The joke goes that a guy’s sitting in traffic. He looks at all the other cars and says, where the hell are these assholes going?
I sometimes wonder if I have overactive mirror neurons. A music festival came through town and I sprinted from one venue to the next to catch whichever 15-minute sets sounded most appealing, dragging my friends along with me. Everyone had a crappy guitar that they used to play barre chords. The next week, I bought a crappy guitar and practiced barre chords for hours every day. I bought an amplifier that crackles when the volume is set below twenty-five percent. I bought pedals, several of them, to make the guitar sound like things other than a guitar.
I watch basketball, I buy a basketball, I tell myself I can go home after five consecutive made free throws. I go home anyways. I practice three-pointers and hurt my shoulder. I play four-on-four and it feels like my lungs rupture, filled up with too much smell of rubber ground into asphalt from balls and from soles, too much chain-link fence and double-rim and backboard without a square.
That muscle in my back hurts because it’s guarding, the therapist says. My ass and my core are too weak and this little vertical striation has picked up their slack. That I even know it exists is an indication of failure. I try to sit up straighter.
I roll the basketball around under my feet while I play the guitar. The barre chords hurt my hand. The high e string cuts into the fleshy part of my index finger like razor wire. I try to sit up straight, but then I can’t reach the pedals and the guitar just sounds like a guitar.
I read a book. I talk to someone at a party about tattoos. I tell my brother that I would be sad if a piano fell on his head. I roll the basketball around under my feet. I play the guitar. I tap my calluses on the surface of my laptop, listening for the faint click, and compare it to the dull thud made by the virginal fingertips of my strumming hand.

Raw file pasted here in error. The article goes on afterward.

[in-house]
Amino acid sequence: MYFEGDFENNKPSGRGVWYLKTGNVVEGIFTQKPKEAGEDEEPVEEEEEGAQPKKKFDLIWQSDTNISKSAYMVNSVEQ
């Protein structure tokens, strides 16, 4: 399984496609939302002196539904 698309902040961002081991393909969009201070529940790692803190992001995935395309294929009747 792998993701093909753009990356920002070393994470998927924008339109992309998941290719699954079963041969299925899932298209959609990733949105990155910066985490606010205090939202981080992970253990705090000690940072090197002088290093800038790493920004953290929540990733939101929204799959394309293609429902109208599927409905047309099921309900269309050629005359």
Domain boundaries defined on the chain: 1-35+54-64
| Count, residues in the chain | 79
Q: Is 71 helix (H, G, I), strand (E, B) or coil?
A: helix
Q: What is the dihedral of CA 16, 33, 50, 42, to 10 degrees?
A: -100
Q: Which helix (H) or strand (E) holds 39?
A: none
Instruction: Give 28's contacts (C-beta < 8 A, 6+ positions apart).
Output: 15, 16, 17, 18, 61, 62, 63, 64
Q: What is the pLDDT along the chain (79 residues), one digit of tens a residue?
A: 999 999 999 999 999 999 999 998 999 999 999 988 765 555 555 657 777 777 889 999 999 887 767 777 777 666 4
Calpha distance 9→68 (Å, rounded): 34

I read a book laying down so the muscle can get some rest. The book talks about Jews in New York City. I want to move to New York City, I tell my girlfriend, for Jewish reasons. I ask my mother, for the third time, if I might be autistic. Like the other times, she says that we would have known by now. I ask my father, for the first time, how to survive a pickup game. Play good D, hustle for rebounds. I guard, shuffling and running to stay in front of my man. I get five rebounds and I lob to the tallest player on our team.
I wonder what it would be like to be tall. I wonder where all these assholes are going, but I don’t wonder about their shooting percentage, the kind of guitar they have, how tall they are.
We would have known by now, my mother says. Hustle for rebounds, my father says. I would be sad too, my brother says. Jewish reasons, my girlfriend says. The guitar sounds like a guitar. My lungs catch fire the way blown truck tires smoke on asphalt. The razor wire makes calluses.
The year my aunt died, I called 911 twice. I called the police once. I pulled over to ask drivers if they were okay because their hazards were on. They told me they were just delivering food.
I go where the assholes are going. The muscle prepares to guard.